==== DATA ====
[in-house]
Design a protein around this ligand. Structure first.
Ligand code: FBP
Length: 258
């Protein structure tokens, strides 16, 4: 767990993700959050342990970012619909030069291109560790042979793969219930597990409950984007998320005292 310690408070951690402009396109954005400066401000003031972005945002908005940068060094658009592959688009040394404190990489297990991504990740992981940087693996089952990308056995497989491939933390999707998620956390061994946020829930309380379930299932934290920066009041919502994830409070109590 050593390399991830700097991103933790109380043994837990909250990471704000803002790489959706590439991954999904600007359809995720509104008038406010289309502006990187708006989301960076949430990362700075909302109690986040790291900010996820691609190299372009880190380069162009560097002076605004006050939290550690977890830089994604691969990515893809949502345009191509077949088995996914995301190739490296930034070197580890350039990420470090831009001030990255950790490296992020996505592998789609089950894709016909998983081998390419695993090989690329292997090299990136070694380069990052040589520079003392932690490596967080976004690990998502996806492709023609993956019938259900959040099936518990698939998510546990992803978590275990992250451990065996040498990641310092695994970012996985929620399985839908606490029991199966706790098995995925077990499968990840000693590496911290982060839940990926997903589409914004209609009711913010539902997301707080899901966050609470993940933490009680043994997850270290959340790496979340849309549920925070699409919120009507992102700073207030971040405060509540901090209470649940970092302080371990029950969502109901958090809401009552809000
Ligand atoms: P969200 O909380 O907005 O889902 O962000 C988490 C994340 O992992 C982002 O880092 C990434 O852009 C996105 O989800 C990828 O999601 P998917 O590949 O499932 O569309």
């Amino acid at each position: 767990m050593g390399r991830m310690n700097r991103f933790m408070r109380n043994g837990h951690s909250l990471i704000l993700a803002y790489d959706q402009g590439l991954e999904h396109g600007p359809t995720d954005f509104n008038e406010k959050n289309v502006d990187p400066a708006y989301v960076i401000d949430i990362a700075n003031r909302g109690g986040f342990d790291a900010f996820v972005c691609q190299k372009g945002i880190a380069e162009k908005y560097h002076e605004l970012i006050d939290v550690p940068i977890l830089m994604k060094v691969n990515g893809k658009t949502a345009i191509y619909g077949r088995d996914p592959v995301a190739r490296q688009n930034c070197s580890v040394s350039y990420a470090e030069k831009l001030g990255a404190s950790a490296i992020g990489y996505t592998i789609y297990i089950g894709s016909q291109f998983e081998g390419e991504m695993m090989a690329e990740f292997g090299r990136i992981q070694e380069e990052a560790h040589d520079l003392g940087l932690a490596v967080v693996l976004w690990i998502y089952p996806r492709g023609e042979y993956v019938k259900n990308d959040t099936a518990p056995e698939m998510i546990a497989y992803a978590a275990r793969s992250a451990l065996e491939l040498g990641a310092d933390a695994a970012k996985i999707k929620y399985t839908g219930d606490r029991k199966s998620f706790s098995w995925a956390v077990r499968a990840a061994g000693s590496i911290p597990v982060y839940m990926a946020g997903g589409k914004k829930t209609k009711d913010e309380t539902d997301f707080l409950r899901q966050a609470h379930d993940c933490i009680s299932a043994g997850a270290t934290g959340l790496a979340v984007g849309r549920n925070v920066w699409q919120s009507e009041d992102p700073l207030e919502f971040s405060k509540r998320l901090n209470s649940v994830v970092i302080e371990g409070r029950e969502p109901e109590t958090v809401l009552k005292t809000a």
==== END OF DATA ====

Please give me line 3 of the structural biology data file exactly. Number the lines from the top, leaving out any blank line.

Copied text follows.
Ligand code: FBP